What Every Investor Should Know About the Performance of Socially Responsible Investments

Canadian companies are proving that social responsibility and great investment returns do go hand in hand.

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As the final part of this series on socially responsible investing (Part 1, Part 2, Part 3, Part 4, Part 5, Part 6), I want to address, at least partially, the question that we all have.  Does the cost of being a socially responsible company adversely affect profitability and growth, and accordingly, stock price and investor returns?

Although there are a multitude of factors that go into a company’s performance and success, I thought it would be an interesting exercise to compare the returns of our complete list of socially responsible companies to that of the appropriate indexes.  I have focused on the 3 year returns for this exercise.  The tables below show that for this period, 71% of the socially responsible stocks we’ve explored outperformed their respective indexes.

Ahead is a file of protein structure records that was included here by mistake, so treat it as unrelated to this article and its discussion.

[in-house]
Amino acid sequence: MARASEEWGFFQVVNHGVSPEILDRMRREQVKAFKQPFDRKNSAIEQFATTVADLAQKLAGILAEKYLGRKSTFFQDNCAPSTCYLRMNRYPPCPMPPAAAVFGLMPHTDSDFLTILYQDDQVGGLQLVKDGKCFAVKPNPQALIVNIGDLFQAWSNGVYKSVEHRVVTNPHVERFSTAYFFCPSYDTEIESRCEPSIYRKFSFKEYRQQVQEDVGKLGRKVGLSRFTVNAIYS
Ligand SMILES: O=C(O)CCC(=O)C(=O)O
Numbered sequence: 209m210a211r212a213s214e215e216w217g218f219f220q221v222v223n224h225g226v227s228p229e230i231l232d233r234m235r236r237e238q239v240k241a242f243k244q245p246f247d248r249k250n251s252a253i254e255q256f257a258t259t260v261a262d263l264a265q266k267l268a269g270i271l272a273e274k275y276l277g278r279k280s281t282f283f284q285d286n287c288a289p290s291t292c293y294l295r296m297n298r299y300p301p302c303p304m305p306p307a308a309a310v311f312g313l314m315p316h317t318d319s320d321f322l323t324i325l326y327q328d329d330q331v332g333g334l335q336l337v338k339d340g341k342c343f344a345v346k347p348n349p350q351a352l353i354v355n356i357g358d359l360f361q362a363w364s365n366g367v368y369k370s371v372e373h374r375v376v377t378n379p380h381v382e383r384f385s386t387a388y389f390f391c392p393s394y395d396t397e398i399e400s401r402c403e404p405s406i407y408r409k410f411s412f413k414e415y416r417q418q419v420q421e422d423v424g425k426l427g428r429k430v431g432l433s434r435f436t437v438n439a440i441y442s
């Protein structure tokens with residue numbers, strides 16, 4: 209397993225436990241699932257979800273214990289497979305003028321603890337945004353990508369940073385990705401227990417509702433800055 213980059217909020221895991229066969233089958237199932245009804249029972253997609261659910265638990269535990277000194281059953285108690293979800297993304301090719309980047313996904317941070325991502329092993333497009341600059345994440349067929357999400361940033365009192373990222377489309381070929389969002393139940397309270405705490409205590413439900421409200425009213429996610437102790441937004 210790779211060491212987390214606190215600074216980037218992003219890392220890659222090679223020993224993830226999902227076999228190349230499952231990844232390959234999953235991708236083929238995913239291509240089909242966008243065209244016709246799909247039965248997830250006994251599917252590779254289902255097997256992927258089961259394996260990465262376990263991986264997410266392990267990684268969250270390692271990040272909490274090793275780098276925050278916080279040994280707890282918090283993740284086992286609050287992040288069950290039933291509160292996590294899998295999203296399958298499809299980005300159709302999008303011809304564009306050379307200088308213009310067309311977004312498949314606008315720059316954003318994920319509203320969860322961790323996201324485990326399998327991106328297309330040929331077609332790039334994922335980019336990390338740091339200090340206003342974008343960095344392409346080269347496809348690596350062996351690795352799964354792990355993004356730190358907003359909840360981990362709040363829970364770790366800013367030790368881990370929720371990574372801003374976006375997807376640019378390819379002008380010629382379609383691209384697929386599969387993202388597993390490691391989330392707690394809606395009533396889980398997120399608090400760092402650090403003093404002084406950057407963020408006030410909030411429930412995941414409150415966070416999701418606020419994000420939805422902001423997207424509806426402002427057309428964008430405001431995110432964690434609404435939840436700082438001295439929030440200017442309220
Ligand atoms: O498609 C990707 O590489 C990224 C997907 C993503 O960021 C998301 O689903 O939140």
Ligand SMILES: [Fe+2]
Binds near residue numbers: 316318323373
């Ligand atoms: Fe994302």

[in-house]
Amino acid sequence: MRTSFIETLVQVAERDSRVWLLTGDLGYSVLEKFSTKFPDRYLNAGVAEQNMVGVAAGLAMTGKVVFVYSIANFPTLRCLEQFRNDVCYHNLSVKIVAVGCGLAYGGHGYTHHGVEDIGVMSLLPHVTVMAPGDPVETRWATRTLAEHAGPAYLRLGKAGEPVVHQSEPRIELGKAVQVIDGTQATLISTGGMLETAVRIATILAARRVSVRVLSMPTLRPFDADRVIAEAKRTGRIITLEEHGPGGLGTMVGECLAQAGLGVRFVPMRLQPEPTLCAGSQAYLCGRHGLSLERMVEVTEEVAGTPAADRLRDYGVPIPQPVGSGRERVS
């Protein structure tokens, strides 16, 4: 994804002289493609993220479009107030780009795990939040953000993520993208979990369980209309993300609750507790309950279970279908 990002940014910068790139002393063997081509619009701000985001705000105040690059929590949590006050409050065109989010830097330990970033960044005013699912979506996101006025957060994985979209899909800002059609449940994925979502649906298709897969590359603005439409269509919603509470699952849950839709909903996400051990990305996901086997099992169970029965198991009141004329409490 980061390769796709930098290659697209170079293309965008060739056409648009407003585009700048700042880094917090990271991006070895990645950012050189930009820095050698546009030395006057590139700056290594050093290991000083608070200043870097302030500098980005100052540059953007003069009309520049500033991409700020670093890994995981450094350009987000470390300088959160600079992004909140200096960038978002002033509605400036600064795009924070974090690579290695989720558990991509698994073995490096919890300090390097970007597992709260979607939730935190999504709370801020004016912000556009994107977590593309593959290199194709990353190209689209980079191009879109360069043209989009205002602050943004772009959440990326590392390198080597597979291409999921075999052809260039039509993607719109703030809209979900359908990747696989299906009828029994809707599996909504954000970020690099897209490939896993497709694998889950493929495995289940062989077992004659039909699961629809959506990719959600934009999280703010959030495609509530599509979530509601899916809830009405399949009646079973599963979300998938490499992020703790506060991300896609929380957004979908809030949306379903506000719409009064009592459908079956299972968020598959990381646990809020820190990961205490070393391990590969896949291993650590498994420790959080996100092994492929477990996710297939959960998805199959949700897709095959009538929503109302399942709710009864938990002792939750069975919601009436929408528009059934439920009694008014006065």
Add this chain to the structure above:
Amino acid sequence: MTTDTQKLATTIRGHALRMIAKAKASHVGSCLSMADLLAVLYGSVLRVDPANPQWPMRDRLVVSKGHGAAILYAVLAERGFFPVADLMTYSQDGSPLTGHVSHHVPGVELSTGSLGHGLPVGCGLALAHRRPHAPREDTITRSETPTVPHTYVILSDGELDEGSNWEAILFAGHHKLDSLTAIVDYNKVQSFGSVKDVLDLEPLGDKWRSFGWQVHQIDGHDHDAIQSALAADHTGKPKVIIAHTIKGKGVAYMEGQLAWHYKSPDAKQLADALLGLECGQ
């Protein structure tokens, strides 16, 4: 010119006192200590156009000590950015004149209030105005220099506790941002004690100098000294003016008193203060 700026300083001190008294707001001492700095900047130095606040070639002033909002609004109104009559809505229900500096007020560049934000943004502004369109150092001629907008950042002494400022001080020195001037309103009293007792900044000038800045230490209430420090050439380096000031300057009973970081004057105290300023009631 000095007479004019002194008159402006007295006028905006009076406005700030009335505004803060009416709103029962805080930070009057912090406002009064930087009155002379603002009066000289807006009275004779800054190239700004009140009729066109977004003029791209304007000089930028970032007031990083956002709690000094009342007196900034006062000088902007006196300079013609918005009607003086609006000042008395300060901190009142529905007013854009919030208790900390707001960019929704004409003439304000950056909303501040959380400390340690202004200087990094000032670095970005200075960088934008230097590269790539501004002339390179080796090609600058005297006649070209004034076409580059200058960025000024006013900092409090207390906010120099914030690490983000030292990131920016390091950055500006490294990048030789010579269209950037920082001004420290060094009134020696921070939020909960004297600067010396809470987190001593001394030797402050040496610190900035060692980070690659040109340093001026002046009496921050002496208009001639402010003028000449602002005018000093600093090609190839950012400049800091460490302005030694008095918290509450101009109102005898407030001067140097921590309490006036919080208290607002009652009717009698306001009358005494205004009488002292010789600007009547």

One conclusion we can make from these numbers is that companies who adopt socially responsible policies are not negatively affected by the costs of doing so, and that they can and do provide investors with returns that are comparable and even better than their peers.

Let’s take a closer look.


3 Year Return

Royal Bank (TSX:RY)


TD   Bank


Financials   Index


Bank   of Montreal


From our list of socially responsible financial stocks, only Bank of Montreal performed worse than the TSX Financials Index over the past 3 years.  Royal was the best performer.  Partially contributing to Royal’s performance, particularly on the socially responsible side, in 2012, Canada’s biggest bank underwrote its first investment grade solar bond.  The $172 million bond supports 2 solar farms in Ontario with a combined production capacity of 40 megawatts that will feed the power grid.


3   Year Return

Cenovus   Energy   (TSX:CVE)




Energy   Index